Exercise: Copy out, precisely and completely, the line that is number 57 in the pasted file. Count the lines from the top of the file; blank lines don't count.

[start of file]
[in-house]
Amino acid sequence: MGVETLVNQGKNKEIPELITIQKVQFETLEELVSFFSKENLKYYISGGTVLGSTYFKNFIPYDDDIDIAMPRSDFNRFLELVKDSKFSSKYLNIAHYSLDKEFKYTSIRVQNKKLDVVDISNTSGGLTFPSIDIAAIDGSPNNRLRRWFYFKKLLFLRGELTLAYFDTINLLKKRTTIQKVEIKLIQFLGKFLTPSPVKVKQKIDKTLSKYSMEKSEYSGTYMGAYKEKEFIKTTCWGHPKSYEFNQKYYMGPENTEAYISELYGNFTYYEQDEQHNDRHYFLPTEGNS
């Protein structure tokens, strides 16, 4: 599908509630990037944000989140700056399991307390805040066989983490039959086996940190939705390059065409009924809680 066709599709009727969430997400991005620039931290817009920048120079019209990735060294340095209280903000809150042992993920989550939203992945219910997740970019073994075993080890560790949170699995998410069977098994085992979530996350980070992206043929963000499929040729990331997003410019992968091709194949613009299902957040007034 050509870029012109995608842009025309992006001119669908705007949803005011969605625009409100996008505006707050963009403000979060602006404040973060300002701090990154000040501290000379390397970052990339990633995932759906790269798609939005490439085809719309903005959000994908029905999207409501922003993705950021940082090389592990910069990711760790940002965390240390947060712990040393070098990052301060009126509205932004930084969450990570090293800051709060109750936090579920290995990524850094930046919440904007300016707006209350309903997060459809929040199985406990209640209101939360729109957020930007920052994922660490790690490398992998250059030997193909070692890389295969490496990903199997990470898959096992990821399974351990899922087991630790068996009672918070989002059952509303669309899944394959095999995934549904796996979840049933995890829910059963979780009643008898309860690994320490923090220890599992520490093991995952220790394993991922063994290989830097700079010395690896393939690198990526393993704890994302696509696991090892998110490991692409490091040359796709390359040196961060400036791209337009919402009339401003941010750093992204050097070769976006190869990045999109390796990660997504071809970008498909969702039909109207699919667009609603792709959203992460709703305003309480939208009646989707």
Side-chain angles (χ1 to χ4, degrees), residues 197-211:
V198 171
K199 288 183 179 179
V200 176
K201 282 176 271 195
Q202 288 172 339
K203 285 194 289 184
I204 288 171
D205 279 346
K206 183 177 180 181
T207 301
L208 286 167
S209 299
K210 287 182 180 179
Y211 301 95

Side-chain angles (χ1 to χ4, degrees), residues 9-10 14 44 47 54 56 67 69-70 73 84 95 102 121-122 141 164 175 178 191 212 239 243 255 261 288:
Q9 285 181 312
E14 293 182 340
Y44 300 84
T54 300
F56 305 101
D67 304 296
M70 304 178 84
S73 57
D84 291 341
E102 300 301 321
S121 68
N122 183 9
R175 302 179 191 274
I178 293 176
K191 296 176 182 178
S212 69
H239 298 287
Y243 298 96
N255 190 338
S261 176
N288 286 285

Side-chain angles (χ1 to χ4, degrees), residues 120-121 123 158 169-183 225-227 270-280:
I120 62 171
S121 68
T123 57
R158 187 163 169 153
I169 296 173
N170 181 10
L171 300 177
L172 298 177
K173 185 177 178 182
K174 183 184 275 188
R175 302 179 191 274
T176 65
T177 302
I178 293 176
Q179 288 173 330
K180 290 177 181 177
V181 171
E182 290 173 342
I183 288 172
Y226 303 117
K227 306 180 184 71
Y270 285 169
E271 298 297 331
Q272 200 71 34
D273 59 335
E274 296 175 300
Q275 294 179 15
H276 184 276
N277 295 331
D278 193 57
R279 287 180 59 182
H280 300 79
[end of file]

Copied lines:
K180 290 177 181 177